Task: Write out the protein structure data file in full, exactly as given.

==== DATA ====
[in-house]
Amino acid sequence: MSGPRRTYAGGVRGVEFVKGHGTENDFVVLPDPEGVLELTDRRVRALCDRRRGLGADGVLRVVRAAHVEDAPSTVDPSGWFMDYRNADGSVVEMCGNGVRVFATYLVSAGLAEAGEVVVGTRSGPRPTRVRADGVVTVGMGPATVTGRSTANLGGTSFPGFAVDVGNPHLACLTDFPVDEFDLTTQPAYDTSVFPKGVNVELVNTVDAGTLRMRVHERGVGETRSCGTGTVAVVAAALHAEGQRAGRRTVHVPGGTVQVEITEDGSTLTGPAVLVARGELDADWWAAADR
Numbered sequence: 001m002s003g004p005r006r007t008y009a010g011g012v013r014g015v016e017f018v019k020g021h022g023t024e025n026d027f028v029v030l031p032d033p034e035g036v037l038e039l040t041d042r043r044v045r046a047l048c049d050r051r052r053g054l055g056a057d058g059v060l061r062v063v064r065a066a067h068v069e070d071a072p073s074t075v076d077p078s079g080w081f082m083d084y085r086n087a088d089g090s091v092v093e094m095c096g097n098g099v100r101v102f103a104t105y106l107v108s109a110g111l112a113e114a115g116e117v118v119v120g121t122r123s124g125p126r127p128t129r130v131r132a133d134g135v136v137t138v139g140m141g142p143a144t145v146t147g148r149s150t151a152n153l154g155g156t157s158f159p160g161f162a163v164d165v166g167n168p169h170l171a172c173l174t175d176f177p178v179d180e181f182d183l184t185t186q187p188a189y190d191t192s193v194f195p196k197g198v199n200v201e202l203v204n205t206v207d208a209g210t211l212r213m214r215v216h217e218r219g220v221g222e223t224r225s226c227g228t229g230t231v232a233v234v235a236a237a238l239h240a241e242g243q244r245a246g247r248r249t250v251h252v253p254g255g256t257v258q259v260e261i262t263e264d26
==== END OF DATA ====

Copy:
[in-house]
Amino acid sequence: MSGPRRTYAGGVRGVEFVKGHGTENDFVVLPDPEGVLELTDRRVRALCDRRRGLGADGVLRVVRAAHVEDAPSTVDPSGWFMDYRNADGSVVEMCGNGVRVFATYLVSAGLAEAGEVVVGTRSGPRPTRVRADGVVTVGMGPATVTGRSTANLGGTSFPGFAVDVGNPHLACLTDFPVDEFDLTTQPAYDTSVFPKGVNVELVNTVDAGTLRMRVHERGVGETRSCGTGTVAVVAAALHAEGQRAGRRTVHVPGGTVQVEITEDGSTLTGPAVLVARGELDADWWAAADR
Numbered sequence: 001m002s003g004p005r006r007t008y009a010g011g012v013r014g015v016e017f018v019k020g021h022g023t024e025n026d027f028v029v030l031p032d033p034e035g036v037l038e039l040t041d042r043r044v045r046a047l048c049d050r051r052r053g054l055g056a057d058g059v060l061r062v063v064r065a066a067h068v069e070d071a072p073s074t075v076d077p078s079g080w081f082m083d084y085r086n087a088d089g090s091v092v093e094m095c096g097n098g099v100r101v102f103a104t105y106l107v108s109a110g111l112a113e114a115g116e117v118v119v120g121t122r123s124g125p126r127p128t129r130v131r132a133d134g135v136v137t138v139g140m141g142p143a144t145v146t147g148r149s150t151a152n153l154g155g156t157s158f159p160g161f162a163v164d165v166g167n168p169h170l171a172c173l174t175d176f177p178v179d180e181f182d183l184t185t186q187p188a189y190d191t192s193v194f195p196k197g198v199n200v201e202l203v204n205t206v207d208a209g210t211l212r213m214r215v216h217e218r219g220v221g222e223t224r225s226c227g228t229g230t231v232a233v234v235a236a237a238l239h240a241e242g243q244r245a246g247r248r249t250v251h252v253p254g255g256t257v258q259v260e261i262t263e264d26